January 2017: I take time off of dieting and start to ramp calories back up. I get diagnosed with PCOS and amenorrhea after some hormonal issues and missing my period. I end up gaining a good bit of weight quickly (due in part to the PCOS). Stress levels are okay, but not great. I'm probably about 148 here. Calories are up to about 1800+ here.
March 2017: I'm feeling okay about my physique but it's the heaviest I've been in awhile, around 150 or so, but my coach talks me through it. I know that hormonally, my body isn't ready to diet just yet and I'm not mentally ready to do that either. Managing stress is super key for me and my PCOS, so I'm working on that. I'm probably eating 2000+ calories here.
July 2017: I'm working on maintaining my weight and I'm up to about 155lbs, which is much heavier than I've been in quite some time. It's uncomfortable but my physique is starting to change, my hormone levels are in a positive spot, and I'm getting really really strong. Calories are about 2300+ here.
December 2017: I've been dieiting for about a month and a half to two months now (am 151 here), have lost 7lbs, gym performance is better than ever, hormones are great, and everything is moving right along. My calories are about 2100 on training days and 1850 on rest days. I've had my calories adjusted (to the current levels listed) ONCE and am continuing to drop weight in a slow and steady manner, have my strength increase, and have my physique change in positive ways.
Dieting this time around has been easy. But easy is earned. It took a lot of time to build back up and periods of discomfort to get to a place where my body was ready to diet down again.
I did nothing crazy, extreme, or incredibly special here. Seriously. There was no special supplement, or training style, or "diet hack" (lololol at that term). It was just trusting the process and making a commitment to set myself up for success. That meant being comfortable with being uncomfortable and truly embracing the fact that my self-image is not dependent on my body-image. My worth is not tied up in my weight or leanness or whatever. In fact, it's been a pretty awesome experience to watch my body change and realize that I'm dieting on 600 more calories than I had been at this time last year. It's a great feeling to feel like my body is working with me, not against me.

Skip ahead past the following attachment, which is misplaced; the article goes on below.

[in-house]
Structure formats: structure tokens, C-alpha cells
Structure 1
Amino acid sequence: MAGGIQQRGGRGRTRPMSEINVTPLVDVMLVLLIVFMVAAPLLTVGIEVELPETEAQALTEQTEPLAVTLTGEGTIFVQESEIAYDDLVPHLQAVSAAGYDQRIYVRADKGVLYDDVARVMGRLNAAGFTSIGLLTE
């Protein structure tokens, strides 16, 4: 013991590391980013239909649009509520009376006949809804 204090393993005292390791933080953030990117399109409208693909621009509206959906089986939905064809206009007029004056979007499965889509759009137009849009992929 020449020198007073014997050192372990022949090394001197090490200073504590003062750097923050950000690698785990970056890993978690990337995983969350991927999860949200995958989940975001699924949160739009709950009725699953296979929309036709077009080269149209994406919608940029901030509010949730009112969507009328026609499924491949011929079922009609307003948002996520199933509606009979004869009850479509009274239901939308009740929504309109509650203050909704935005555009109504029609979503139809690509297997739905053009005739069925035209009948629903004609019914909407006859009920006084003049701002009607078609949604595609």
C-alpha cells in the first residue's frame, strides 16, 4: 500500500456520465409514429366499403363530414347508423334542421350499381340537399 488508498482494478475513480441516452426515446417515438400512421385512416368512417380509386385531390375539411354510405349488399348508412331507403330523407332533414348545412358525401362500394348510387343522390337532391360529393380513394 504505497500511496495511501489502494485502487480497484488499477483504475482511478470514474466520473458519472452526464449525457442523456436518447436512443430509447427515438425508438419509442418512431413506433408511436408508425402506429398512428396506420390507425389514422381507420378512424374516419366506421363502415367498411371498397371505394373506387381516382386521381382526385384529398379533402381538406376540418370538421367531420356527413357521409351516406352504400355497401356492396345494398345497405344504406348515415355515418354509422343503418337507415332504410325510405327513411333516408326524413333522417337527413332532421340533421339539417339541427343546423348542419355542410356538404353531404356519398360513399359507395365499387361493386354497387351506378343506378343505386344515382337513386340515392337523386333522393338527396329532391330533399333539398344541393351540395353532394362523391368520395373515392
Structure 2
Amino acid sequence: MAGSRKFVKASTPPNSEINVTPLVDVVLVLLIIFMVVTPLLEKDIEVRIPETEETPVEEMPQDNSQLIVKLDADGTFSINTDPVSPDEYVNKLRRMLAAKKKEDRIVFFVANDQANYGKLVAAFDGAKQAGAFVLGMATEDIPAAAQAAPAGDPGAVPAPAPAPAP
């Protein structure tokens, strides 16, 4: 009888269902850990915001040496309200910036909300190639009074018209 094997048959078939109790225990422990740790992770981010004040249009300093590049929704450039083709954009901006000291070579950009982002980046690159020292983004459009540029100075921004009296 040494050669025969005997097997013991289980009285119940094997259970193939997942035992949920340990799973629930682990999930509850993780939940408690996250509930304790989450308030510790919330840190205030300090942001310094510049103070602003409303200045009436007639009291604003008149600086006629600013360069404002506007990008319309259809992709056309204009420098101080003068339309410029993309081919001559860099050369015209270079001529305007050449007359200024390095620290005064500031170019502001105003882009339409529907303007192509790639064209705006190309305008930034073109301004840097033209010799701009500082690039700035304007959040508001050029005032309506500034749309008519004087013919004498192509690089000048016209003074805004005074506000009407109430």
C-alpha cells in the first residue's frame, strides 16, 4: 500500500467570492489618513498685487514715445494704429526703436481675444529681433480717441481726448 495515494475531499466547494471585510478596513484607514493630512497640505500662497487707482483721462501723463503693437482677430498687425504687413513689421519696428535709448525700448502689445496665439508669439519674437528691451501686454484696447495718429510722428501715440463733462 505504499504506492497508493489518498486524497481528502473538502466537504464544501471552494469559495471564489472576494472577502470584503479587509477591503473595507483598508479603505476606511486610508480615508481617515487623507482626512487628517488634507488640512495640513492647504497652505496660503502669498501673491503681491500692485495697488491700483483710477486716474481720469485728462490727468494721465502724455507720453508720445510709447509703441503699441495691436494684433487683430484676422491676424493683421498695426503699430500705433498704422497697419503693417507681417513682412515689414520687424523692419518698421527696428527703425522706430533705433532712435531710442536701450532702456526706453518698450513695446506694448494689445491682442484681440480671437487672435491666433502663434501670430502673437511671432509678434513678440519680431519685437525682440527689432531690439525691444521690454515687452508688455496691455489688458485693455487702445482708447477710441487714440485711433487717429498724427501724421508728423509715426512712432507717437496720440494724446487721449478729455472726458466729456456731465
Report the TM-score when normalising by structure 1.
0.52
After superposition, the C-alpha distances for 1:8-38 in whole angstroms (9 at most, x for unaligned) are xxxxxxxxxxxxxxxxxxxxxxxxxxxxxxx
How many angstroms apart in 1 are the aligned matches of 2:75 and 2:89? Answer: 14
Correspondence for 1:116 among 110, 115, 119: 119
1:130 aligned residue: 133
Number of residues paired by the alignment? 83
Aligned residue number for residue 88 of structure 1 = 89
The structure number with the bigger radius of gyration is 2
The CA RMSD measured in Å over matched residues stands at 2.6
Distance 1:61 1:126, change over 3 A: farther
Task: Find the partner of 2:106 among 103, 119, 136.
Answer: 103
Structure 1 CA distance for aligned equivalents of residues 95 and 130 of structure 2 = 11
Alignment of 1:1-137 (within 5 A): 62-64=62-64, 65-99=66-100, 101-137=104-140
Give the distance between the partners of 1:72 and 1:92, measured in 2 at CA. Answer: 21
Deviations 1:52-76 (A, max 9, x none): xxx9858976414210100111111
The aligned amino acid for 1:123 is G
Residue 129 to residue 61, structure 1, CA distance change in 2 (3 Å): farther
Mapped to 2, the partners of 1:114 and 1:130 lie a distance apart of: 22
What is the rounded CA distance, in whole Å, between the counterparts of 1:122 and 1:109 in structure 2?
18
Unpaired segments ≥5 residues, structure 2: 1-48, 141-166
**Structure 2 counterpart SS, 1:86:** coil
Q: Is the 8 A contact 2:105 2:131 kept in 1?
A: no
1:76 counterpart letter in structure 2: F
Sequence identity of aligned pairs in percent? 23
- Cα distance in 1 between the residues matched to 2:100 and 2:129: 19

NOW WHAT DO I DO?
If you're stuck in a place where you feel like you're spinning your wheels and getting frustrated, the answer may not be to add more stress. Bodies are amazing - they can change, adapt, overcome, and do incredible things. But they need some kindness and some relief. So how do you accomplish that?
- Build up calories, slowly: Add a small amount of calories, about 100, (primarily in the form of fats and carbs) every week or two and continue to build up until you're at a level that is at or above your ideal maintenance level. This will be tough, mentally. But remember the long-term here.
- Train hard: Use all that extra food to get really fucking strong. Train hard, enjoy the strength gains, and focus on your progress here.
- Maintain a higher weight for awhile: Build up and then maintain there for a bit, at least 2-3 months. This varies by person but resist the temptation to immediately start dieting. Again, see the big picture here.
- Get some accountability: If this process is a struggle for you, I highly recommend seeking out a coach to guide you through it. If you don't want to hire a coach, find a group of people, friends, etc. that can help keep you accountable to your goals. Accountability is key and it helps to have someone or a group of people that you can vent to who understand the process.
I know that not dieting is much easier said than done, but dieting should not be a lifestyle. For your health, sanity, and long term progress, taking periods of time where you eating in a surplus and/or maintenance level is incredibly important. It may not be comfortable, but having periods of temporary discomfort to benefit your long-term health and goals is absolutely worth it.